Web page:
June 28, 2015 (SUNDAY): Speech, Drama and Debate Mini-Conference (ALL DAY EVENT)
Time: Probably around 9.15/9.30 until around 6pm
Location: Keio University, Hiyoshi campus (right next to Toyoko line Hiyoshi station) – Google Map.
Daikaigishitsu (大会議室), Raiosha building 2F. Directly across from the library/media centre Campus Map.
On Sunday, June 28, the Yokohama Chapter and the Speech, Drama, & Debate SIG will present a full day mini-conference, “A Day with the Speech, Drama, & Debate SIG in Yokohama,” with 9 speakers giving presentations and workshops on speech, drama, and debate.
9:15 Registration Opens
10:00-10:10 Opening Remarks
10:15-11:10 “Teaching Storytelling through Integrated Course and Assessment Design” (Roy Morris)
11:15-12:15 “Adapting Drama to the Everyday Class” (Eucharia Donnery)
1:00-1:25 “Integrating Drama into Required English Communication Courses” (Gordon Rees)
1:25-2:25 “Improvisation Games for Language Classes (Vivian Bussinguer-Khavari and Gordon Rees)
2:30-3:30 “Docudrama: The Combination of Documentary, Discussion, and Drama” (Yukari Saiki)
3:45-4:10 “Assessment for Presentations” (Brooks Slaybaugh)
4:15- 4:40 “Drama in Project-based Learning” (James Carpenter)
4:45-5:10 “Speech: Preparation Methods and Teaching Topics” (Paul Nehls)
5:15-5:40 “Debate Made Easy” (David Kluge)
5:45-6:00 Closing Remarks
July/August 2015: No Event
September 20, 2015 (SUNDAY): Bilingualism SIG event
Presenters: Mary Nobuoka and Marybeth Kamibeppu
What You Need to Know about Raising Children to Be Bilingual – Mary Nobuoka
Abstract:Many people think that children raised by parents who speak two or more languages will naturally become bilingual or multilingual. However, in a monolingual country, this is not so easy. Raising a bilingual child in Japan (or countries like the USA) requires planning and attention. This presentation will alert parents to the challenges of raising a bilingual child and share the factors for success. Tips for adding bi-literacy skills will also be included. This talk will be of benefit to any family that is hoping their child(ren) will be bilingual.
Let’s Talk “Juken” – Marybeth Kamibeppu
Abstract:This presentation will introduce basic terms and practices for junior high and high school entrance exams (juken) in the Kanto Area. Understanding the juken process is a daunting prospect that most students and parents will face. This is even more so for international and bicultural families who less familiar with the Japanese education system. Parents have an active role to support and guide their children. Juken is more that getting into the “best” school. It is about finding the best fit for each child. There are many factors and with adolescents the “best fit” is often a moving target. Bicultural and bilingual abilities can be a plus in the process. How to prepare and document these abilities and experiences will be discussed. Preparation and strategies based on the presenter’s experience getting through the process with her own three children, informal interviews with other parents and research will be included. If you are just starting out, in the process of juken or would like to share some advice, join us and let’s talk juken!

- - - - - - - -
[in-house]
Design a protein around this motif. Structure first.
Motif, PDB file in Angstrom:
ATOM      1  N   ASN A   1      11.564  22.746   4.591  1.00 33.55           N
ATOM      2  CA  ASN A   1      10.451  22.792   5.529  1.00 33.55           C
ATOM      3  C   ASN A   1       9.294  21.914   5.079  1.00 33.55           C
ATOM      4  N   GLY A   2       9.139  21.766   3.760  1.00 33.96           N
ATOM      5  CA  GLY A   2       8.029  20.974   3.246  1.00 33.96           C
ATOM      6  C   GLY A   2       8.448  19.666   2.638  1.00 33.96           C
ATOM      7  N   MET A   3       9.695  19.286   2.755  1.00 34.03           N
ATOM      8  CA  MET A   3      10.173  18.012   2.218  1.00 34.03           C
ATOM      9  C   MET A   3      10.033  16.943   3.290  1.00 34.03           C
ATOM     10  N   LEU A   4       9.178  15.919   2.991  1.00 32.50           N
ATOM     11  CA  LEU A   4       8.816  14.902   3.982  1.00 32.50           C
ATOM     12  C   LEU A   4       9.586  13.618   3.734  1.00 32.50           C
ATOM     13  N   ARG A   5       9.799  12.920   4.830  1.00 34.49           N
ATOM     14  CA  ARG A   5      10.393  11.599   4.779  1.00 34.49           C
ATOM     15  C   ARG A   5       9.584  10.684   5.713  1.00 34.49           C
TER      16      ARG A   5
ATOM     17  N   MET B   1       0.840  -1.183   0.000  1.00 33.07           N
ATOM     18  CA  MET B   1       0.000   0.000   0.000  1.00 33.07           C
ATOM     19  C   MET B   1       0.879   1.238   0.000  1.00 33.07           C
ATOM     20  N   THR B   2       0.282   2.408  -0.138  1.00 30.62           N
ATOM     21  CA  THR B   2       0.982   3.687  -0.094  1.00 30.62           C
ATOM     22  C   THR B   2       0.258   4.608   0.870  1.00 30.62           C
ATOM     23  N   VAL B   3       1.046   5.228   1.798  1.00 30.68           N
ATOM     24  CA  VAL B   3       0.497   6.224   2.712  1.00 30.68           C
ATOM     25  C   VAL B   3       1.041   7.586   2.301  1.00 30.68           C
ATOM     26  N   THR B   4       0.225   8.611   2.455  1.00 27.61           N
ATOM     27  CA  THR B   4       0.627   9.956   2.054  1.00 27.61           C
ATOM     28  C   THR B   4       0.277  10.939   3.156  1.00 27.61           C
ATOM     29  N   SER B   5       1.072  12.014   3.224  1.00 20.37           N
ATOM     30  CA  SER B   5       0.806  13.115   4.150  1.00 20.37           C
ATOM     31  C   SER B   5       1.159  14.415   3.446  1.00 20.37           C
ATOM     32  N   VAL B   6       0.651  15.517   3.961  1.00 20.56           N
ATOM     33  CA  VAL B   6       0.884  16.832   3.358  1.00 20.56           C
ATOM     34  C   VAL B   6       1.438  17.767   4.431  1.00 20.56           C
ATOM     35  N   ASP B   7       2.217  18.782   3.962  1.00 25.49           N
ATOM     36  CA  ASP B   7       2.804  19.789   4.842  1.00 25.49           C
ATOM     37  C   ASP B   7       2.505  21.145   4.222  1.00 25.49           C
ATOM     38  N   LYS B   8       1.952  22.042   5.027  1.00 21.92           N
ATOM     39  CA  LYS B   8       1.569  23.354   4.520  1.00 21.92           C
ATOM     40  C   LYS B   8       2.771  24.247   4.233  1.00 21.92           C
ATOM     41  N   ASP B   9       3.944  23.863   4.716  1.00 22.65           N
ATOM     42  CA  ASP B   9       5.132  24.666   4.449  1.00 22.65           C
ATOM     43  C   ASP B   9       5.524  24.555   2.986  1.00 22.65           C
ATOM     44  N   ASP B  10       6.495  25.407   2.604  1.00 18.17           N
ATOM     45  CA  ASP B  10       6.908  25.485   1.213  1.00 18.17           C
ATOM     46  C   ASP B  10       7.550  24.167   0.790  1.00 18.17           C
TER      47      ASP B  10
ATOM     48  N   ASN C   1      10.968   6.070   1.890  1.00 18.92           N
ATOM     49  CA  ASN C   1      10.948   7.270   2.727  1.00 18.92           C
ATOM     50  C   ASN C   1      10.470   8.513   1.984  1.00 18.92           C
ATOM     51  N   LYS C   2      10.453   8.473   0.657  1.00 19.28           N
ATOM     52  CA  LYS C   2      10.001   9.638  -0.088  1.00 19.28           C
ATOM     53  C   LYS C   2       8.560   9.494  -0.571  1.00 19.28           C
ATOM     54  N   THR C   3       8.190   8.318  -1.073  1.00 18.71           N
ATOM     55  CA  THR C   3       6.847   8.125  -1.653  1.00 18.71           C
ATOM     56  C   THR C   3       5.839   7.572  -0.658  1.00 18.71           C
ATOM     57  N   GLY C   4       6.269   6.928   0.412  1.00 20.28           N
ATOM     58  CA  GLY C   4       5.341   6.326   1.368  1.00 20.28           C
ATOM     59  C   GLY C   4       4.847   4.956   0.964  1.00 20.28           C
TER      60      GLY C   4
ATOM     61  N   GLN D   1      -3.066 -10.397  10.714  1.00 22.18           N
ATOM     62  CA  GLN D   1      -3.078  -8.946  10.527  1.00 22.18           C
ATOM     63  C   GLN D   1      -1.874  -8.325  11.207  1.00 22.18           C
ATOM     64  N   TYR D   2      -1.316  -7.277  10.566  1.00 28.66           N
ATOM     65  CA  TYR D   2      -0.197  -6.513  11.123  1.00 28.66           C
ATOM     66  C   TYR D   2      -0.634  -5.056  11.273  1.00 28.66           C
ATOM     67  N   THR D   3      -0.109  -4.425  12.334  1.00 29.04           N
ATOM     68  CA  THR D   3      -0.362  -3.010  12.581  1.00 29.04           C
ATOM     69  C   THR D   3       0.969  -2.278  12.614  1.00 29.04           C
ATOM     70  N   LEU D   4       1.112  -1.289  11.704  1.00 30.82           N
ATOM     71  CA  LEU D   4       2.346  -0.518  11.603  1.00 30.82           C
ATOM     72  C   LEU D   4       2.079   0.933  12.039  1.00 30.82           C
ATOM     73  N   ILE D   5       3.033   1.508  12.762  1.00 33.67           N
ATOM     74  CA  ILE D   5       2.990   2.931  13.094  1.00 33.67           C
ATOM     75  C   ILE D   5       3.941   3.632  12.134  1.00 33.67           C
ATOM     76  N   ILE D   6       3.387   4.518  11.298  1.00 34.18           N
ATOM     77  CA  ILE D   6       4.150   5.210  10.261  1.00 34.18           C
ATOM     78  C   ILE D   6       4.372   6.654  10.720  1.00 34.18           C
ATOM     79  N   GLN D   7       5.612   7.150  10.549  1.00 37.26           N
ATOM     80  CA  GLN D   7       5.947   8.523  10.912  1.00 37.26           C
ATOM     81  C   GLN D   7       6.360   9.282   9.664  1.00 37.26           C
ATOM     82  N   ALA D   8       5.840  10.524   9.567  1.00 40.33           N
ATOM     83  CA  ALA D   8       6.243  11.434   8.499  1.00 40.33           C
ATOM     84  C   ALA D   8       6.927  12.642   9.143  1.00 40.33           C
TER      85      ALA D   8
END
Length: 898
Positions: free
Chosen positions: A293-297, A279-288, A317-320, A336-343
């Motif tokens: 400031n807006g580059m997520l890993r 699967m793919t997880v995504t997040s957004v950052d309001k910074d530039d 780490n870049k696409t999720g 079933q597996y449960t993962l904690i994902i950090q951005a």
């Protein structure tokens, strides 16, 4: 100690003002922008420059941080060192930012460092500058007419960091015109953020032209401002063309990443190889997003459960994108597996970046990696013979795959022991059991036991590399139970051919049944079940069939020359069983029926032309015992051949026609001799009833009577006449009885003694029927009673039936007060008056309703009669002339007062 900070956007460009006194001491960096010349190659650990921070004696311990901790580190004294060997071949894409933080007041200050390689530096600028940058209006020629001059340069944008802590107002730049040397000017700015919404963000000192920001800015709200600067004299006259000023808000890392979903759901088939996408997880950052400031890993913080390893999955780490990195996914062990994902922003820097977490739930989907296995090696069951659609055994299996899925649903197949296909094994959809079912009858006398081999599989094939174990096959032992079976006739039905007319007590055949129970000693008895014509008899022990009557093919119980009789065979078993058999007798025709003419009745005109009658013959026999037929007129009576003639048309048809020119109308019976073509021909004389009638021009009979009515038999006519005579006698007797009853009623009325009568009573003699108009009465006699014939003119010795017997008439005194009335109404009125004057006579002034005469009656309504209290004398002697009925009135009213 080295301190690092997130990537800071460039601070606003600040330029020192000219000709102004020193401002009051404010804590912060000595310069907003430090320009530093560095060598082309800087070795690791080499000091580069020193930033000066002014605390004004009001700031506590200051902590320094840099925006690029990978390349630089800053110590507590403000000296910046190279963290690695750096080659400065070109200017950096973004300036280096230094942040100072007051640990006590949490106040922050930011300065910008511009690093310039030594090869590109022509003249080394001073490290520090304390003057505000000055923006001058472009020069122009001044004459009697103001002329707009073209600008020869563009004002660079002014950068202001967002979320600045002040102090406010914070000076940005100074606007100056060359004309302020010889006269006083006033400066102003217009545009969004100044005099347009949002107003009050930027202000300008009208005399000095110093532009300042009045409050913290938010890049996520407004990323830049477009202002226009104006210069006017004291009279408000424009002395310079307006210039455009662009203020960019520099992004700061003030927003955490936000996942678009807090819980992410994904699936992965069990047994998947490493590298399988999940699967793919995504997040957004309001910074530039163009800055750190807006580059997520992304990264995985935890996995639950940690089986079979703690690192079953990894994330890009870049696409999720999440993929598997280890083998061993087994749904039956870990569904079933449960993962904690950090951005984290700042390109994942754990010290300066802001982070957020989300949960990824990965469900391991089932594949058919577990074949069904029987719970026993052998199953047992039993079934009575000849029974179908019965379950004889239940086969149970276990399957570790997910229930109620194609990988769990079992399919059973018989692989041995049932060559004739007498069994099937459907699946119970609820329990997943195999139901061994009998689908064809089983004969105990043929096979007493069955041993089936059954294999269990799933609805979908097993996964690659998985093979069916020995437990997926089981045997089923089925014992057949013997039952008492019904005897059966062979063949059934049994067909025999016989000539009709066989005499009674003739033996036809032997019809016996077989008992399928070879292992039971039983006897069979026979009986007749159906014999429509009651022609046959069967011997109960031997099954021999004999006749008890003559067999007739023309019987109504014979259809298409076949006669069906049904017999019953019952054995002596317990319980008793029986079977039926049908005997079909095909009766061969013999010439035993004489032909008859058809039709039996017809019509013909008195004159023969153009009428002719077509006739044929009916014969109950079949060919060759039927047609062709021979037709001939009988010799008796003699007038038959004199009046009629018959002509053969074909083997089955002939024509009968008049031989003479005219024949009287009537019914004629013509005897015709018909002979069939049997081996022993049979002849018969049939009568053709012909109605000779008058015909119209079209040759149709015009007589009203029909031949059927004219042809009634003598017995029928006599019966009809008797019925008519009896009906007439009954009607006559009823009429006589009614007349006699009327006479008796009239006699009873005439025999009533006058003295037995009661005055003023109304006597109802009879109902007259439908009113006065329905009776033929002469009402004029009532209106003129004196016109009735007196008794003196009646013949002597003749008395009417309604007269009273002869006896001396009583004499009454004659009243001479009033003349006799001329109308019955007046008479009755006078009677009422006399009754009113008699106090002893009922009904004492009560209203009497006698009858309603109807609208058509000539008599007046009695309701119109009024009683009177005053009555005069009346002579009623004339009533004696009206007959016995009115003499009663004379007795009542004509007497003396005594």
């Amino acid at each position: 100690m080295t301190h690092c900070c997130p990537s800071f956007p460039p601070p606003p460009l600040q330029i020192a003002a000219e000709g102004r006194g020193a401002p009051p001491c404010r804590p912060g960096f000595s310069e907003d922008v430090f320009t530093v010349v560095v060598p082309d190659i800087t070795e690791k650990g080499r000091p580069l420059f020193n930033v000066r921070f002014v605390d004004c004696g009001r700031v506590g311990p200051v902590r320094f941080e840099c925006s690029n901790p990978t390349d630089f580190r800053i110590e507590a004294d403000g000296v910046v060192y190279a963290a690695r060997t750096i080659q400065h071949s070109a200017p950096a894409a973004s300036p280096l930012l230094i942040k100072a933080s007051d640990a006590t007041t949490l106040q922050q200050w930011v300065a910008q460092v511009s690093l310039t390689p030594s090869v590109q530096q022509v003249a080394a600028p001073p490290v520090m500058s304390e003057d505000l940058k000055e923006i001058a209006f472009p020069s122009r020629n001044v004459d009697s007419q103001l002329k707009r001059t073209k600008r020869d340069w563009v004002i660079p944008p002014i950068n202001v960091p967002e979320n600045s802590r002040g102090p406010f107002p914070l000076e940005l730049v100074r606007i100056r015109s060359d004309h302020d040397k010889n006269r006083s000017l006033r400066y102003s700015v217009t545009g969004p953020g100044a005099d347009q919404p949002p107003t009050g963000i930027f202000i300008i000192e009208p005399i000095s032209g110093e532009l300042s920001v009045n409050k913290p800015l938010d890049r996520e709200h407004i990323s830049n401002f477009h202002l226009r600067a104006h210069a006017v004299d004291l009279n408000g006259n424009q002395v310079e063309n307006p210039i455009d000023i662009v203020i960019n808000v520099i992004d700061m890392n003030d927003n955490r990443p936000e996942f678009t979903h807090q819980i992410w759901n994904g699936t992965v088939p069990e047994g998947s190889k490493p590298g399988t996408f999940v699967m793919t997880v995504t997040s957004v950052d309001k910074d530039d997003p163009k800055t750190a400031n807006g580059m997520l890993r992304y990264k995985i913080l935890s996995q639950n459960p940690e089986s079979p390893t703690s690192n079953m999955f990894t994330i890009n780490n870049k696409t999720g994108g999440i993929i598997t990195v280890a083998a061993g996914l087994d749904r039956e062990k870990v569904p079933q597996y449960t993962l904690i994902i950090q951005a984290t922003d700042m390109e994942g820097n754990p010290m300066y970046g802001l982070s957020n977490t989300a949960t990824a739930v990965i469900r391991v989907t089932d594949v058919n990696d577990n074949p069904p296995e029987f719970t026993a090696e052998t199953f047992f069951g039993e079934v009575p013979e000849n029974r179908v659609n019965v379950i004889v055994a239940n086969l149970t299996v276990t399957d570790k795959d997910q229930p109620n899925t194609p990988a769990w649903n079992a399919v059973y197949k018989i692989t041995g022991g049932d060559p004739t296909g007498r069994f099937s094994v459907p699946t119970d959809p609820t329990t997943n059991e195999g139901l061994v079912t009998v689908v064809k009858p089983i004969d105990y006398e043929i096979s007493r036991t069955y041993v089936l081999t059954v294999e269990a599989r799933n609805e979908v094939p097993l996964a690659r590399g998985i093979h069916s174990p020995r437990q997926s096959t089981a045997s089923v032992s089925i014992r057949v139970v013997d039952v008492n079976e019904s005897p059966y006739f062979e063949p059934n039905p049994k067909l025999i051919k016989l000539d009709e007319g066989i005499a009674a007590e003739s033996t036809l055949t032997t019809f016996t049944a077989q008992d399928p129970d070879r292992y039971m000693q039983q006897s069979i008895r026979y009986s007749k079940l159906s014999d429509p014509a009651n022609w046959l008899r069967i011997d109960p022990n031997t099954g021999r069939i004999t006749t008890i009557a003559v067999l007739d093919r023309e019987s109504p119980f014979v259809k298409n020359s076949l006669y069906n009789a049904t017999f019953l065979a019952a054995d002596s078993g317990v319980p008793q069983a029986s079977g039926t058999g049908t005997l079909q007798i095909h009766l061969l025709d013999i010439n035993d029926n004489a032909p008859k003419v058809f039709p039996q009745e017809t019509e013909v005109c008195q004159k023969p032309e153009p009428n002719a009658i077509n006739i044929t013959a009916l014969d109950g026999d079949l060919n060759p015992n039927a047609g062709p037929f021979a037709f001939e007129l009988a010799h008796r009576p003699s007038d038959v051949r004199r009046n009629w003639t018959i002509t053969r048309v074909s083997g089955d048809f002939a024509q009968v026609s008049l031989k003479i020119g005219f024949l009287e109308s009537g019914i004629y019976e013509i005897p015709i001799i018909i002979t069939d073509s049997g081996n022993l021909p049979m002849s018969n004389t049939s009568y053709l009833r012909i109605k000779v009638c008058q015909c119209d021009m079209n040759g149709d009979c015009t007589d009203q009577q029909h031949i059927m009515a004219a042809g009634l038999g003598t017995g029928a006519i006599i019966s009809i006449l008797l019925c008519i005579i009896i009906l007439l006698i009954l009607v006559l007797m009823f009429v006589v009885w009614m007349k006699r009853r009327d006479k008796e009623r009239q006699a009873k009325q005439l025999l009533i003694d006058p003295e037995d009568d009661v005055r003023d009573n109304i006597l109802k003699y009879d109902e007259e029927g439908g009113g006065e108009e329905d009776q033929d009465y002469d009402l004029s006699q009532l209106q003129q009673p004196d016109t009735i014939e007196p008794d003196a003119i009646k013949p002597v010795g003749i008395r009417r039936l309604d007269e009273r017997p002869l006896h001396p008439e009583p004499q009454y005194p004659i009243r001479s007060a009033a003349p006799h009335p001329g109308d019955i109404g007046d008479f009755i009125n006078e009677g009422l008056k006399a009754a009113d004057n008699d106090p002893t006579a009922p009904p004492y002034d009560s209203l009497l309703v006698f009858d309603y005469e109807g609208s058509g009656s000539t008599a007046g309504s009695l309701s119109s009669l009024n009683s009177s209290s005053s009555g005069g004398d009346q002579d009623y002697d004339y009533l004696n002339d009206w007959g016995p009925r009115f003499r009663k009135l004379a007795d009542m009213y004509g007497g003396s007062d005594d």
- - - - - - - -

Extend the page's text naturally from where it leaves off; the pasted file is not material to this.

October 18, 2015 (SUNDAY): Extensive Reading
Presenters: Mark Brierley and Peter Hordequinn
ER Communities of Practice in Context – Peter Hordequinn
Abstract:This presentation and workshop session will explore individual and contextual factors that drive the formation and maintenance of Extensive Reading (ER) Communities of Practice. After a brief introduction of communities of practice theory and an exploration of contextual factors informing foreign language literacy in Japan, I’ll describe one particular higher education setting’s ER community of practice. I’ll then offer a conceptual framework for assessing factors that influence the success of this community and its members. Participants will use this framework to discuss existing and/or potential ER communities of practice in the contexts where they teach with a focus on creating greater student investment in ER.
Getting assessment out of ER without putting it in – Mark Brierley
Abstract: One of Richard Day and Julian Bamford’s top ten principles for Extensive Reading (ER) suggests that there should be no testing. However, most teachers are required by their institutions to submit grades, and many face students who would not be there without a grade as an incentive. This presentation will look at the theory and practice of ER assessment, advocating a strategic range of approaches with special consideration for backwash and formative assessment, so that students are motivated to read a lot.
November 2015: No Event (See you at the Conference!)
December 2015: My Share
January 2016 (tentative): Labour Issues for English Teachers
February 2016: No event
Late March / Early April 2016 (weather depending): Spring Outdoor Social
BBQ? Hanami? Get in touch if you have any suggestions!
May 2016: TBA
June 2016: Tech@Tamagawa
July/August 2016: no event
September 2016: TBA
October 2016: TBA
November 2016: No event. See you at the conference!
December 2016: My Share